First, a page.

|AlphaShares Indexes||April 2011||2011||1 Year||3 Year|
|AlphaShares China All-Cap Index (NYSE: YAO)||2.50%||7.17%||16.98%||3.04%|
|AlphaShares China Small-Cap Index (NYSE HAO)||3.36%||-0.10%||12.52%||9.80%|
|AlphaShares China Real Estate Index (NYSE: TAO)||1.76%||-0.01%||19.22%||0.89%|
|AlphaShares China Technology Index (NYSE: TAO)||7.36%||16.63%||17.76%||18.82%|
|FTSE/Xinhua China 25 Index||0.94%||4.53%||9.36%||-3.05%|
|CSI 300 (A-Shares)||-0.03%||3.68%||7.83%||-5.07%|
The yuan closed April at 6.4922 - appreciating beyond 6.50 per dollar for the first time since 1993. The People's Bank of China (PBoC) set the yuan's reference rate at 6.4990 per dollar, its highest since July 2005. The currency is allowed to trade up to 0.50% on either side of the declared exchange rate. The yuan gained 0.86% during the month to bring its 2011 appreciation versus the US dollar to 1.77% YTD. With a depreciating US dollar, strong local currency performance enhances US investor returns in international equities.
The surprisingly fast pace of the yuan gains is confirming the belief among many economists that the yuan is being used to fight inflation. China's Consumer Price Index (CPI), a main gauge of inflation, rose at its fastest pace in 32 months, increasing 5.4% in March from a year ago. The Producer Price Index (PPI), the main gauge of inflation at the wholesale level, rose 7.3% in March from a year ago - a 30 month high. The government aims to hold inflation at 4% for the full year.
In response to surging headline inflation and property prices, the central bank has raised its benchmark interest rate four times and the reserve requirement seven times since last October. At a mid-month meeting of the State Council, China's equivalent of a cabinet, Premier Wen Jiabao listed "strengthening the flexibility" of the yuan's exchange rate as another one of several tools the government should use to control prices - an argument that less senior officials have made before, but Wen's remarks were unusual for a top leader. He also said that fighting the "inflation tiger" is China's top economic priority this year.
Ironically on April 9th, China reported its first quarterly trade deficit in seven years - an event that would typically ease pressure on the world's largest exporter to allow faster appreciation of the yuan, as has been called for by its major trading partners who argue that they are being put at an "artificial" disadvantage. Still, the National Bureau of Statistics (NBS) reported that China's overall economy expanded at 9.7% in Q1 from a year earlier and 2.1% from the quarter prior.
The AlphaShares China All-Cap Index (Bloomberg: ACNACTR Index) gained 2.50% in April to bring its YTD return to 7.17%. Small cap stocks (represented by the AlphaShares Small-Cap index: ACNSCTR) gained 3.36% this month, outperforming the local megacap stocks small gain of 0.94% (measured by the FTSE China 25 Index).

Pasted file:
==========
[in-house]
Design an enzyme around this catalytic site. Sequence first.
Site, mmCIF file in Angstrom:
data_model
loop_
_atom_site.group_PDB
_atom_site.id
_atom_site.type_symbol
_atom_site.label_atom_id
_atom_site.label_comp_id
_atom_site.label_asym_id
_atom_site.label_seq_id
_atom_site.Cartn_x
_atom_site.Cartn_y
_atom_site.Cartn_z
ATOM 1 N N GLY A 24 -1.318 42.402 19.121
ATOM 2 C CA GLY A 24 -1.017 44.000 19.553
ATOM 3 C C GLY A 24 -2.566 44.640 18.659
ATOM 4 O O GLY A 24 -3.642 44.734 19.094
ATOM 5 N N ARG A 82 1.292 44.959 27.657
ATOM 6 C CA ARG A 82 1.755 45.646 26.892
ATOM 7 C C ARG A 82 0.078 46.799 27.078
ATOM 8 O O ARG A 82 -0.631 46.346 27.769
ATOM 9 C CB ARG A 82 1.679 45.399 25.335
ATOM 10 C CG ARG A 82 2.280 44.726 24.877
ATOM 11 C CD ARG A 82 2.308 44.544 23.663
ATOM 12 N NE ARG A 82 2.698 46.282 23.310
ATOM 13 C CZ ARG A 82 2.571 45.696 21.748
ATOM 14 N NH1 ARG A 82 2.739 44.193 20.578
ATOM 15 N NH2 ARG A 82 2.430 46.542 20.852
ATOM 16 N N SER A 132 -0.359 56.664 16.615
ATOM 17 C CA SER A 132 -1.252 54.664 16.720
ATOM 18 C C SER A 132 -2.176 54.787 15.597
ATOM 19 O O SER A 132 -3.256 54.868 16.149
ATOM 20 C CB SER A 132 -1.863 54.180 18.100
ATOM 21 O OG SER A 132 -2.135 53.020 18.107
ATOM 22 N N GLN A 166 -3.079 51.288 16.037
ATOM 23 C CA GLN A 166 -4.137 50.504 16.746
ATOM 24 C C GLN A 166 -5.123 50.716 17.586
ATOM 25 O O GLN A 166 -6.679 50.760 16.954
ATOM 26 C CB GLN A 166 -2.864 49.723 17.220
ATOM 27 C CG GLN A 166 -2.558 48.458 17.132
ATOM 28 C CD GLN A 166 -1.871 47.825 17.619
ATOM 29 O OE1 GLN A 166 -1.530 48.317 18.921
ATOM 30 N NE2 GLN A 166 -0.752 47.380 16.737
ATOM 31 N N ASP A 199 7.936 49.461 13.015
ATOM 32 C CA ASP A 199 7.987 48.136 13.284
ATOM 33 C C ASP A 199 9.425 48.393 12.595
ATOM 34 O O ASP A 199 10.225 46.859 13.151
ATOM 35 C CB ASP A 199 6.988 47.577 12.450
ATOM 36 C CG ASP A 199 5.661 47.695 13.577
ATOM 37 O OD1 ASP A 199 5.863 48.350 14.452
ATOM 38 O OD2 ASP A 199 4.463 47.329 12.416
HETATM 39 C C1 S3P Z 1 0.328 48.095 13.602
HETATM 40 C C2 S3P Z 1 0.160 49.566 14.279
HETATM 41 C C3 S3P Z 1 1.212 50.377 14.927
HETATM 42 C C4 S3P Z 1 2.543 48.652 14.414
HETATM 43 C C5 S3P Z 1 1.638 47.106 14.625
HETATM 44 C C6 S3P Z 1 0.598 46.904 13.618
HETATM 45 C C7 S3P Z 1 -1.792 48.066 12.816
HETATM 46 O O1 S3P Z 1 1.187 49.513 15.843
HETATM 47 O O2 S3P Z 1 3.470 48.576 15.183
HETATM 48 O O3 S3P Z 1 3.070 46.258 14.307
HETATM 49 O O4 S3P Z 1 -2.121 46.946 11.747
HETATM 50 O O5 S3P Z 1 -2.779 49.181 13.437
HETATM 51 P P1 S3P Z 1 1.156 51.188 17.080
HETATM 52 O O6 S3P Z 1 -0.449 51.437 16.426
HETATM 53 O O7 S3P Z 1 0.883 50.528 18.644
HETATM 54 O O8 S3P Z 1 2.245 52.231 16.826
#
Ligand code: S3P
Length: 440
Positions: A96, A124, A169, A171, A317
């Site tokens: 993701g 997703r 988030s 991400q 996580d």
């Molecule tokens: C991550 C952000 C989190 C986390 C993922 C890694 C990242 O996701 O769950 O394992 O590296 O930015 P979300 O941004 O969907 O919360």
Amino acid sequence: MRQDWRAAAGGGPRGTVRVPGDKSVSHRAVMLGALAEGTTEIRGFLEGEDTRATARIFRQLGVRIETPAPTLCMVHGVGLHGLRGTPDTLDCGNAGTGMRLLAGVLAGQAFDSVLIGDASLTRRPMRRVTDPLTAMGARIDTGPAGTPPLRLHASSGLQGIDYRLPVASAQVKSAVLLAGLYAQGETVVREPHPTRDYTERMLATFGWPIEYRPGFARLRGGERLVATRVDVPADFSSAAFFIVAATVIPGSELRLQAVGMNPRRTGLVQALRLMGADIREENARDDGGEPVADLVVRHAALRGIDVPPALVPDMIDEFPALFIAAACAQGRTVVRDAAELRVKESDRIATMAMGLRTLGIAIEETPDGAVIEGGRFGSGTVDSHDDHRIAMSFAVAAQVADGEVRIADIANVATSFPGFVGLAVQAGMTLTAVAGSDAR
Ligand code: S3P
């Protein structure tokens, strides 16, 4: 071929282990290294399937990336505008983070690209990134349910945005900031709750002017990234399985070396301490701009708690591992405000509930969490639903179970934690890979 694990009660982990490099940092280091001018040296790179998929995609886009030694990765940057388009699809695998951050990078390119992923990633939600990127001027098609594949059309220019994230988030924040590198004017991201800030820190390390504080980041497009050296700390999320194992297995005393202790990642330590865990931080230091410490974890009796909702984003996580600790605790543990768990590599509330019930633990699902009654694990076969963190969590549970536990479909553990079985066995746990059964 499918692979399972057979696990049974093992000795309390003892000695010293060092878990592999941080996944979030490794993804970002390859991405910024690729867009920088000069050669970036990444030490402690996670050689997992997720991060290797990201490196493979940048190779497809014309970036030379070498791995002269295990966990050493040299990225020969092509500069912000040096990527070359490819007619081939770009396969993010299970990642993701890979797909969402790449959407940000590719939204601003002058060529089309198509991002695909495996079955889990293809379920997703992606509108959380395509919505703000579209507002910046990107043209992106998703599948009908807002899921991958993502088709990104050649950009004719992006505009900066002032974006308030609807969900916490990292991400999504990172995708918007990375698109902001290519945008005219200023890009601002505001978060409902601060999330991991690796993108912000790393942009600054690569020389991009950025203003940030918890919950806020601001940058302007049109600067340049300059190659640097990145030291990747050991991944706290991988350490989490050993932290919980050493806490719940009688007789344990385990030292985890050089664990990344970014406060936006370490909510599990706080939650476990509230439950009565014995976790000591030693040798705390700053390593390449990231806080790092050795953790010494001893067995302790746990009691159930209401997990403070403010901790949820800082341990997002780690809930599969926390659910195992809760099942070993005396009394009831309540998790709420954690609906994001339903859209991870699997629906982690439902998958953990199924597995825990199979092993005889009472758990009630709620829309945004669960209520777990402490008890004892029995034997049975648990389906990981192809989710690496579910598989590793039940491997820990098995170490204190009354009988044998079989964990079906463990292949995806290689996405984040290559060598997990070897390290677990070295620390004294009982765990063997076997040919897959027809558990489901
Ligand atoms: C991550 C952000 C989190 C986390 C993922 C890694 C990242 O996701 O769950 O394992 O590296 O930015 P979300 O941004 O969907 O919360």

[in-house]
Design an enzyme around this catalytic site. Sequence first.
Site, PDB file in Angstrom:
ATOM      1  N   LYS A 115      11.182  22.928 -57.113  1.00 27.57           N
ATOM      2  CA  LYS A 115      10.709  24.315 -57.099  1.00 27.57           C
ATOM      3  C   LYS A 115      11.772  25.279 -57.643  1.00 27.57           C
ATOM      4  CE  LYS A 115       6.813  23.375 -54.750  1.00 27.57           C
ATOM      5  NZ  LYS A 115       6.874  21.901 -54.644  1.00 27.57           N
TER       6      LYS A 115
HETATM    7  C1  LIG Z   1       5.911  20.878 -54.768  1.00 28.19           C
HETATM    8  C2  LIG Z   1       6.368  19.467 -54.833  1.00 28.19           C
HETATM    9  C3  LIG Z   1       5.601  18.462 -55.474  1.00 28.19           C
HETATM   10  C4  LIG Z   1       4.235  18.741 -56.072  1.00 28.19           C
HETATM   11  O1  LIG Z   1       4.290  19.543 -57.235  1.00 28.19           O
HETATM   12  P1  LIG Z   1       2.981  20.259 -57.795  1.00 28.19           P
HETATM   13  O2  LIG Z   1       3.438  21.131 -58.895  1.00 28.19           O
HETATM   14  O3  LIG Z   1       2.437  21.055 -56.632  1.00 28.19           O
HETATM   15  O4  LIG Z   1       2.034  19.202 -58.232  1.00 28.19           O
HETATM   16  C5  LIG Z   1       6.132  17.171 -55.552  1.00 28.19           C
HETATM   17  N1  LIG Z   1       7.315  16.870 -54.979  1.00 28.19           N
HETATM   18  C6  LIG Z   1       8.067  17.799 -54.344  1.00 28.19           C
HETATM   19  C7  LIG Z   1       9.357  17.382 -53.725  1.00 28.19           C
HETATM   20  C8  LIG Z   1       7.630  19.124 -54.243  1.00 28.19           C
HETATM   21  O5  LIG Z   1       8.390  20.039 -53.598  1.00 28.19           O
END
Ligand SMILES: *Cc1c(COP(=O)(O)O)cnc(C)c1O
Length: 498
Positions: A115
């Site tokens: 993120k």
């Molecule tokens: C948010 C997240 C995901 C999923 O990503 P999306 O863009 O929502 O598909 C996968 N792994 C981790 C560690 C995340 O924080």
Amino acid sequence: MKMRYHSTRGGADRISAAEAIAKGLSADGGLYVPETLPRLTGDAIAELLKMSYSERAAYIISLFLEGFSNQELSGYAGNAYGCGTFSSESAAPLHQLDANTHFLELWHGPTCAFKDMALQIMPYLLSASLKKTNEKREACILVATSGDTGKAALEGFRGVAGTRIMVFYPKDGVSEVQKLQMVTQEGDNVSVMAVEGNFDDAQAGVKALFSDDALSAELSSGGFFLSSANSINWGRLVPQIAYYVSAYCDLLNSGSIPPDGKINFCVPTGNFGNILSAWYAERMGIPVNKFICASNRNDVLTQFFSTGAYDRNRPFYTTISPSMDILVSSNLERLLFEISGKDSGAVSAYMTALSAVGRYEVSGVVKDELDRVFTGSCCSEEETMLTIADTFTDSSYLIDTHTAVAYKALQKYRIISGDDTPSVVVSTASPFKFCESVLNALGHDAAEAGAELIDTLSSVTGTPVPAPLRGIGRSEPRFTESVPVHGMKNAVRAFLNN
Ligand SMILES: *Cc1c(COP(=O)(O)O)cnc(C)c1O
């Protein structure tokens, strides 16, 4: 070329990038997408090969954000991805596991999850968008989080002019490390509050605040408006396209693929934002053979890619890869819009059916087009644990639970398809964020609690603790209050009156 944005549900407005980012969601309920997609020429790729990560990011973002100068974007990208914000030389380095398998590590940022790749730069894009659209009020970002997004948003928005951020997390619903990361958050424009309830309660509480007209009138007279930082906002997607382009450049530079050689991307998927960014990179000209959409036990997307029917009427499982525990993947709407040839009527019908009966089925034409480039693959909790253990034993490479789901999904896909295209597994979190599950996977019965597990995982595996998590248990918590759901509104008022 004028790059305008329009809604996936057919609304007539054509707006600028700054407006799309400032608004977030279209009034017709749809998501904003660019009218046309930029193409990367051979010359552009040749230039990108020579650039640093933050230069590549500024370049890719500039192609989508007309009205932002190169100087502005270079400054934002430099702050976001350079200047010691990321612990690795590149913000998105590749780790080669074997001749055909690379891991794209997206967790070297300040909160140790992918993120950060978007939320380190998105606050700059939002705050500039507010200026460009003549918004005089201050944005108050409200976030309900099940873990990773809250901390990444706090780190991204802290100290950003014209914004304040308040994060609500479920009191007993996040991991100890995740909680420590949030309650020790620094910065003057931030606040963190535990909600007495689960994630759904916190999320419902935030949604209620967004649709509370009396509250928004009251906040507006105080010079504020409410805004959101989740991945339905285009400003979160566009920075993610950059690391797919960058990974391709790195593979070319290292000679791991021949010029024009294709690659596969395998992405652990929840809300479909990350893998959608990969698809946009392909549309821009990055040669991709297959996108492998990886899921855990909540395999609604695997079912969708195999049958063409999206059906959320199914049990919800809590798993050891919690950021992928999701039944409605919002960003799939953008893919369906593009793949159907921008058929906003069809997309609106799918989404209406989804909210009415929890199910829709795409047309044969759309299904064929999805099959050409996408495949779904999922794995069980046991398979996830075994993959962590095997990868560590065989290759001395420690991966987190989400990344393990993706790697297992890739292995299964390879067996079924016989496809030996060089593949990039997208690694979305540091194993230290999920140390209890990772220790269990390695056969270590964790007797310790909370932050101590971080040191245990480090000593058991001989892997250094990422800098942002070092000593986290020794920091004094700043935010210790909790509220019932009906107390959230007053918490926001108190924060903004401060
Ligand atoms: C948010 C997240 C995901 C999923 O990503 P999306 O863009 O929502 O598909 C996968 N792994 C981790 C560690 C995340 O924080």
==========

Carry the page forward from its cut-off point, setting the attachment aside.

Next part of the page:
The AlphaShares Chinese Volatility Index, or "CHIX", finished the month of April down -8.52% to close at 18.01 - its lowest monthly close since October 2006. It was surprising to see options traders shrug off March's concerns so quickly, seeing that the China "Fear Gauge" had traded as high as 27.21 just six weeks prior in the wake of the Japanese earthquake and corresponding nuclear crisis.
China Unicom (762 HK) is China's 2nd largest mobile-phone company and was the best performing megacap stock in April and third largest contributor to index returns, gaining 22.46%. The stock traded at highest levels since August 2008, after reports that the telecom operator added 9.6 million subscribers in Q1 to increase its total to 320.9 million. It is the only carrier in China with the right to sell Apple Inc's iPhone.
Three of the four other largest positive April contributors came from the Internet Industry: Tencent (700 HK; up 16.78%), Baidu.com (BIDU US; up 7.77%), and Sina Corp (SINA US; up 25.89%. So far in 2010, those names have gained 30.95%, 53.86%, and 95.80% respectively. Technology (ACNITTR) was the best performing sector in China, gaining 7.36% this month.
Meanwhile, the energy sector was the biggest negative contributor to index returns, falling -1.52% in April. PetroChina (857 HK) and CNOOC (883 HK) were the worst and 3rd largest detractors to index returns, as their shares fell -5.13% and -2.11% respectively. PetroChina, the nation's largest oil company, reported a 14% gain in Q1 earnings, missing analyst estimates after increases in state-controlled fuel prices lagged behind gains in crude oil costs. CNOOC, China's largest offshore driller, shut operations at some oilfields after rough seas conditions caused difficulties at floating production storage and offloading vessel in Bohia Bay. Oil futures fell late in the month after the International Monetary Fund (IMF) said that prices above $100 a barrel are starting to hurt the global economy, and Goldman Sachs forecast a "substantial" correction.
|Jonathan J. Masse, CFA||Dr. Burton G. Malkiel|
|Senior Portfolio Manager||Chief Investment Officer|